What can we say about onboarding? Onboarding covers a variety of issues setting expectations, education of how you work, communication protocols and more.
It’s important to have a good onboarding process. Consider this from Jennifer Bourn,
A clear onboarding process is proven to increase confidence and satisfaction, improve productivity and performance, and reduce stress and confusion — and not just for clients, but for service providers too.
What client wouldn’t be ecstatic with a project that includes improved productivity and performance and reduced stress? If they aren’t happy with those things, they are the wrong client for you. You want clients who value productivity and performance because that means profitability.
One of the things that clients need as much as you is boundaries. If you are extremely available, it becomes too easy to text you or send a Facebook message (guilty as charged!).
A client who is an ideal client is one who wants to know where those boundaries are so they can do right by you and make the process easier. Can you become friends with clients? Sure you can! Just make sure you set business boundaries in your working relationship.
Boundaries are important. As Curtis McHales says,
Boundaries are one of the best things you can institute in your life. Without boundaries around our work we’ll need to start making so many more decisions and we have a limited pool of will-power to use on our decisions.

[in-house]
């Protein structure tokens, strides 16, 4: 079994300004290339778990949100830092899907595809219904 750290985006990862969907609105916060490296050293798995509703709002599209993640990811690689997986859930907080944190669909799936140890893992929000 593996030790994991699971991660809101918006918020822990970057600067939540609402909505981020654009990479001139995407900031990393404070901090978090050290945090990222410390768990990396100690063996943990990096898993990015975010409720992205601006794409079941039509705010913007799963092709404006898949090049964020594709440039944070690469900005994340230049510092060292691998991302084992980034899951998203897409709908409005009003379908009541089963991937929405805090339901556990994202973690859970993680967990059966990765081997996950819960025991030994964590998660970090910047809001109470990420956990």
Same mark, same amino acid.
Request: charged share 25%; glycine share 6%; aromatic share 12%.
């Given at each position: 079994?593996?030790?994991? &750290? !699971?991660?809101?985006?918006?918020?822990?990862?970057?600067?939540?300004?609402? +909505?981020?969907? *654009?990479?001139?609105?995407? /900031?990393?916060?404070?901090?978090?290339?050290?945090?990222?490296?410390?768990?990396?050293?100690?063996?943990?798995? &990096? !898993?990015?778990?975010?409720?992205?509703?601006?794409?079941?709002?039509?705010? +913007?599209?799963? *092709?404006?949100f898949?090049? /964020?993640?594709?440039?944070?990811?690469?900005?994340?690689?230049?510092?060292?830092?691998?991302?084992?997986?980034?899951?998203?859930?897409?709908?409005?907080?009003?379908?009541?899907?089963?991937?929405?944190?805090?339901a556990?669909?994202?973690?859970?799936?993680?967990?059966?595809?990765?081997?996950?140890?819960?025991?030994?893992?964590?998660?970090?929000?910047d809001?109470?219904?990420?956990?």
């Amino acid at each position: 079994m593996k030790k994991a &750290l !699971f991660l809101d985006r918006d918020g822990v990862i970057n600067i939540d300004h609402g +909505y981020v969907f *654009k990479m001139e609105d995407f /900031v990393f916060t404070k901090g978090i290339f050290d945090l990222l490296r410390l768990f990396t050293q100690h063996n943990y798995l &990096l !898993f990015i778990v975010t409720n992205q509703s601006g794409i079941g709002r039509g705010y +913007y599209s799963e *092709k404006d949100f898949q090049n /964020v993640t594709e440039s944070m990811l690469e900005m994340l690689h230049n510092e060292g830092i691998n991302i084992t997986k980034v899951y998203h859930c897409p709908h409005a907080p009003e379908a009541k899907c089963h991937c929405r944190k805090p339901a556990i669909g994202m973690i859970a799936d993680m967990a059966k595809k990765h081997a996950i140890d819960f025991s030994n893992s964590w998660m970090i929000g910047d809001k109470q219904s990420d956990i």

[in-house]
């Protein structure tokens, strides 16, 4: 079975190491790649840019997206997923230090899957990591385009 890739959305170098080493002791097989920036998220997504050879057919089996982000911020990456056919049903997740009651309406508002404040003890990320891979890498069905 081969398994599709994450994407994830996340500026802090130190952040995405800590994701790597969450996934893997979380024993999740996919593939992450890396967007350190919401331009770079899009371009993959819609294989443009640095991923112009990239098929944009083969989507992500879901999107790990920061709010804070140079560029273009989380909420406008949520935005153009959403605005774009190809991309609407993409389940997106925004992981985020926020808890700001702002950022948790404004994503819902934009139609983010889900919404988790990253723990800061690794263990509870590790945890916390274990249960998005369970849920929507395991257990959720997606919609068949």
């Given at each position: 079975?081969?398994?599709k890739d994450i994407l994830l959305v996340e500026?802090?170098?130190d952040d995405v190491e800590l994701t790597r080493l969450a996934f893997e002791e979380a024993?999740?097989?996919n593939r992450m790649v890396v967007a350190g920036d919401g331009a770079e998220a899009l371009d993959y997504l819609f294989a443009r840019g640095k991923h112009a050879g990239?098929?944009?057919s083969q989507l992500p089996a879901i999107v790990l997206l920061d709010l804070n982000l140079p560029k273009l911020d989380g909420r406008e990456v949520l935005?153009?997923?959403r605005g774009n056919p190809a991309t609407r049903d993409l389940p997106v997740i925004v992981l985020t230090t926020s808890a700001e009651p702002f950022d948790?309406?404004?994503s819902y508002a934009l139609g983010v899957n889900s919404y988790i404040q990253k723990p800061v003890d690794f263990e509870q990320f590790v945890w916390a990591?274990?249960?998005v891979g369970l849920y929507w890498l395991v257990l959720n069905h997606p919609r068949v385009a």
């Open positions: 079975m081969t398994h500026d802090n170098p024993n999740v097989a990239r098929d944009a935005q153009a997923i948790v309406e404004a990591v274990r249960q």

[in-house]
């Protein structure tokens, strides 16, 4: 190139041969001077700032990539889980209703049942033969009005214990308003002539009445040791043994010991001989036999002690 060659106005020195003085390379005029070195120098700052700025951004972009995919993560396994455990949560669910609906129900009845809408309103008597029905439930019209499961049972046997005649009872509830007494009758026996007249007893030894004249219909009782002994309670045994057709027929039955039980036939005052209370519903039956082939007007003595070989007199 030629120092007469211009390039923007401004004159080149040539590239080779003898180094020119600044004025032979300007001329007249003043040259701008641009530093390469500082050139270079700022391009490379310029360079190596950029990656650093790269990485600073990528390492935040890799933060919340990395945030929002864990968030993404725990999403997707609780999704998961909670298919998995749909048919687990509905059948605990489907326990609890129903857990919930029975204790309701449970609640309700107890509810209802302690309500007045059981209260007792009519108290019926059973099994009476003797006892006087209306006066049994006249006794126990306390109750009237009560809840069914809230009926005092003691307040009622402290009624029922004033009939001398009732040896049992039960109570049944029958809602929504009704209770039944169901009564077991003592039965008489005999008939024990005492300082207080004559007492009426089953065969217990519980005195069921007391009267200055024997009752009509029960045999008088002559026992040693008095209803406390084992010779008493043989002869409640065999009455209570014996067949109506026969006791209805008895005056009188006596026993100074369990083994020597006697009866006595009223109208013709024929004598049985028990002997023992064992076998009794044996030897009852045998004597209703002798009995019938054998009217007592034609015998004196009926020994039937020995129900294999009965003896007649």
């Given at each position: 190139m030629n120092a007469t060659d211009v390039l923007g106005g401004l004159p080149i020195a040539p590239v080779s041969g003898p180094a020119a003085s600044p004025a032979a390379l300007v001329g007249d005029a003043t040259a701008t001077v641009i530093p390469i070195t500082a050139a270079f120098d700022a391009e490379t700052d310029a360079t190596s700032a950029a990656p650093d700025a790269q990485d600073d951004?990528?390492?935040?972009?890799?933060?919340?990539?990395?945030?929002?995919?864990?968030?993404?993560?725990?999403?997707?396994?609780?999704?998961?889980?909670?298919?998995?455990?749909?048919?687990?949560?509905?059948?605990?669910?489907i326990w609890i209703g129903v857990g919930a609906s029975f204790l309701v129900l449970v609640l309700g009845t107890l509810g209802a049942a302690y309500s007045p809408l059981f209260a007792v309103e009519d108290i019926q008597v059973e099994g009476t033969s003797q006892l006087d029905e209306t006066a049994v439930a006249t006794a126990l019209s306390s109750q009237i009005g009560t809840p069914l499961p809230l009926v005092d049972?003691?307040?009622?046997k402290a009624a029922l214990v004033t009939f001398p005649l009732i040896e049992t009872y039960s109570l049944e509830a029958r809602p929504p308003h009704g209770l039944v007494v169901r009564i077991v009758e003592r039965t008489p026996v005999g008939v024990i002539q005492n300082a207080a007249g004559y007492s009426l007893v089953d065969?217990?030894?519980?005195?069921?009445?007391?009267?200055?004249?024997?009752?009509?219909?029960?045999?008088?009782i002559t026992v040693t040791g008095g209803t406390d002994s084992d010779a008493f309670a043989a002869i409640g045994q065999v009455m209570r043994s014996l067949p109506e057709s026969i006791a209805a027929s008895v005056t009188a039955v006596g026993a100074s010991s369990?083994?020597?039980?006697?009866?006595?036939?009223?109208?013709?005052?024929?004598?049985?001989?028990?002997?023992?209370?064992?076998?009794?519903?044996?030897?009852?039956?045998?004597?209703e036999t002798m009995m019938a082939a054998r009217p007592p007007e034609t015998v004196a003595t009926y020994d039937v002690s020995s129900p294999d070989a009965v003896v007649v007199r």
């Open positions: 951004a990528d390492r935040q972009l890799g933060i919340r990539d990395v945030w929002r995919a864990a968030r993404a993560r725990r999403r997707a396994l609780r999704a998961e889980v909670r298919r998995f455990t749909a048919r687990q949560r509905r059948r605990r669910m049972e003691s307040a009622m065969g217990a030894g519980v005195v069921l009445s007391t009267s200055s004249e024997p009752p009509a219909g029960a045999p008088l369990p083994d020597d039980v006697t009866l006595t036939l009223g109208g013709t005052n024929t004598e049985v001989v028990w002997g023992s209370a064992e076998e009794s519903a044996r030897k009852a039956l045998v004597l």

This is a balancing act. One puts the focus on yourself and forces the client to play by your rules, but in the end, it ends up being for the best. You will receive respect from your client.
Yes, we are working for our clients, but it’s our business- they are not our boss. It’s our responsibility to set the boundaries and work with people who respect them. Freelance to Freedom
Provide great customer service
It goes without saying that providing good customer service is a given. Why deliver quality work to follow it up with rudeness?
Excellent customer service creates loyal customers for life; customers who are willing to refer your business to friends, family and colleagues. Providing this type of excellent customer service starts with a genuine desire to delight your customers, but you also have to think beyond selling your products or services. Alyssa Gregory, The Balance
Gregory offers nine ways to ensure good customer service to your customers.
If you are looking for a roadmap to improving customer service, SurveyMonkey has a great article with six really good tips.
HelpScout recently posted a monster post on customer loyalty. They observed,
In a world where your competitors are only a click away, customer loyalty really is the new marketing. Today’s customers have access to an endless amount of information about your business, and research shows that they’re ready and willing to stop dating around and stick with companies who go above and beyond to create a fantastic customer experience.
There is no foolproof way to make your customers love you. People are fickle. One moment you are the best thing since the dawning of age and the next day you are reprehensible. As in most relationships, a customer relationship can have its ups and downs.
The best you can do is try your hardest to do the things that matter, deliver good service, be professional, communicate well, and work with customers you love.
If you do these things you can build loyalty. When you build loyalty, you create customer love.